COL FedEx hopes hybrid trucks dramatically cut fuel costs

Americans have a great need to lessen their dependence on oil and gasoline, but so far we have not had the zeal for conservation nor the good sense to do so.

Now it appears that technology rather than good choices might be one answer to cutting the nation's appetite for an expensive and diminishing resource.

And businesses, with their constant demand for cutting unnecessary expenses, might lead the way. The FedEx Corp. -- which has 42,000 vans and delivery trucks -- is planning to convert its fleet to hybrid vehicles powered by diesel engines and electric motors. The switch is expected to cut the company's fuel costs by 50 percent when fully implemented.

The hybrid trucks are similar in principle to small hybrid cars that get from 45 to 50 miles per gallon and are powered both by a small gasoline engine and an electric motor.

Reducing fuel costs is important because the FedEx delivery vans collectively are driven 2 million miles a day.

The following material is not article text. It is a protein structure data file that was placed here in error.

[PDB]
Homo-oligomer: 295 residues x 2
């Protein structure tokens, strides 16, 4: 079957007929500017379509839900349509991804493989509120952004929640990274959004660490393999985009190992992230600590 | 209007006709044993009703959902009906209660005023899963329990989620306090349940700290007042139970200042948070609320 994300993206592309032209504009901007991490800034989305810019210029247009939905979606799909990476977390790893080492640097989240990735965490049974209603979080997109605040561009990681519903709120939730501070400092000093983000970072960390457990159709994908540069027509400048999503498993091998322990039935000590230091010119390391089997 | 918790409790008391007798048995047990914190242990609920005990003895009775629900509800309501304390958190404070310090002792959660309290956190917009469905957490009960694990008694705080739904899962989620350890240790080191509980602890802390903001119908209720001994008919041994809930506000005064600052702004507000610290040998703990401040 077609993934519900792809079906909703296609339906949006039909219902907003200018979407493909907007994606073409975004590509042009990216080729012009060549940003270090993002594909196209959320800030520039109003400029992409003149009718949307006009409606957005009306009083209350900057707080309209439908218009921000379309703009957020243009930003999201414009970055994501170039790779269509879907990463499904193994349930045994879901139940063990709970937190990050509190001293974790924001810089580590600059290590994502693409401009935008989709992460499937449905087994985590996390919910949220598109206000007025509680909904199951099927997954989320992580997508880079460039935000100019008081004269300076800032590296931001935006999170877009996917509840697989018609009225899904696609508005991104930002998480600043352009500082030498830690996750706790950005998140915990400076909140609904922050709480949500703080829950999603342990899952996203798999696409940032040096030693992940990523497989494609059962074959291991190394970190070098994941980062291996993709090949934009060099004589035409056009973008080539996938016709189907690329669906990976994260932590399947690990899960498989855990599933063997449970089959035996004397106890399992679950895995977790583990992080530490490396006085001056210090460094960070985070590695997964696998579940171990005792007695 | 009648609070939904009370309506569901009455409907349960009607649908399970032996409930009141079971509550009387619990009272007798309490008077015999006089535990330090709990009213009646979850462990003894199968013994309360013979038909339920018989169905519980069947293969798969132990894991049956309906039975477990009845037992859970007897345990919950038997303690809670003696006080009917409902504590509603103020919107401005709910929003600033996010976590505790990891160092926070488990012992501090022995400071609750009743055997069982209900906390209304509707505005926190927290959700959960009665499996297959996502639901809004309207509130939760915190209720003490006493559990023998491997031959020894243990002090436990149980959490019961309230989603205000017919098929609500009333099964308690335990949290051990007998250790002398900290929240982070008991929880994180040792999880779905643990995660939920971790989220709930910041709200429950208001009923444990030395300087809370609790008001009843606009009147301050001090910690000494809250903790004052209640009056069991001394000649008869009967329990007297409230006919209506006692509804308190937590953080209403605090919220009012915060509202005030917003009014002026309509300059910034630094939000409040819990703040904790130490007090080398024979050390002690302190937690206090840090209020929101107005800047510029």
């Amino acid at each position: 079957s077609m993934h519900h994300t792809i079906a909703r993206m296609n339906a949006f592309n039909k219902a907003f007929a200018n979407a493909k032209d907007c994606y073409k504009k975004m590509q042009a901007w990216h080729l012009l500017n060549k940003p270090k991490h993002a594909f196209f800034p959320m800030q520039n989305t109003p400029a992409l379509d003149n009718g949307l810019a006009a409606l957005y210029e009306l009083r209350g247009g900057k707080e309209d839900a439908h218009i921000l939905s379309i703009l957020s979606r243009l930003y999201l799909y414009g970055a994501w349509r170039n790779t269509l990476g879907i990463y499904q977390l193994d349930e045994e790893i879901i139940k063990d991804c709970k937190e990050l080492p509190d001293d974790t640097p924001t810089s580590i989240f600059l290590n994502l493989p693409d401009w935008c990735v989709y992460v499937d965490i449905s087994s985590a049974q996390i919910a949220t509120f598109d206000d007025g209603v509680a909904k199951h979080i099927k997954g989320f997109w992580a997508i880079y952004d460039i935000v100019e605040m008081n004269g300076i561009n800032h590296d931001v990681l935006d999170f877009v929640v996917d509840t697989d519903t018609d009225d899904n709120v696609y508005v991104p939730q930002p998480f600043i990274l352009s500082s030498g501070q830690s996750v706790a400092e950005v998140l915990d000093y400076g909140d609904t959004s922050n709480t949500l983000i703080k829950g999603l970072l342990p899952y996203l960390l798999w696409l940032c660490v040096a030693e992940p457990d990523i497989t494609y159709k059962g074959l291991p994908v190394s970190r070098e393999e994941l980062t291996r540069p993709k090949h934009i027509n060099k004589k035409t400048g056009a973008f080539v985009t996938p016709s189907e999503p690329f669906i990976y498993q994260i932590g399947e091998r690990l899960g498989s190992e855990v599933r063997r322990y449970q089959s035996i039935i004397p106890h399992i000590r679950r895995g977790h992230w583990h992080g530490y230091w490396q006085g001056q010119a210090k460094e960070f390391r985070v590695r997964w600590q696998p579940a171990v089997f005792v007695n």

David J. Bronczek, president of the company's FedEx Express division, said a major advantage of the change is that it will make the company less sensitive to fluctuations in fuel prices. In an interview with the New York Times, he said, "When OPEC's fuel price swing one way or another, the effects on costs are significant."

Efforts to reduce fuel costs for commercial trucks are important because they are used more heavily than passenger cars. Trucks operated by FedEx are on the road 10 to 12 hours a day, compared to an average of two hours per day for passenger cars. In addition, the trucks last for 250,000 miles or more, compared to 100,000 miles or so for private cars.

FedEx officials said the switch to hybrids also will have environmental advantages. The trucks will reduce emissions of particles by 90 percent and of nitrogen dioxide, which causes smog, by 75 percent.

Other companies also are making changes. United Parcel Service operates 1,024 vehicles that are driven by compressed natural gas and Daimler-Chrysler expects to produce one truck driven by a hydrogen fuel cell by 2004.

The quickest way to reduce the nation's dependence on imported oil would be to induce auto manufacturers to increase the gas mileage for standard cars and sport utility vehicles, which can be done without any major technological changes. That is still needed, but at least there is some hope for cutting oil consumption by pursuing new power plants, as FedEx is planning to do.

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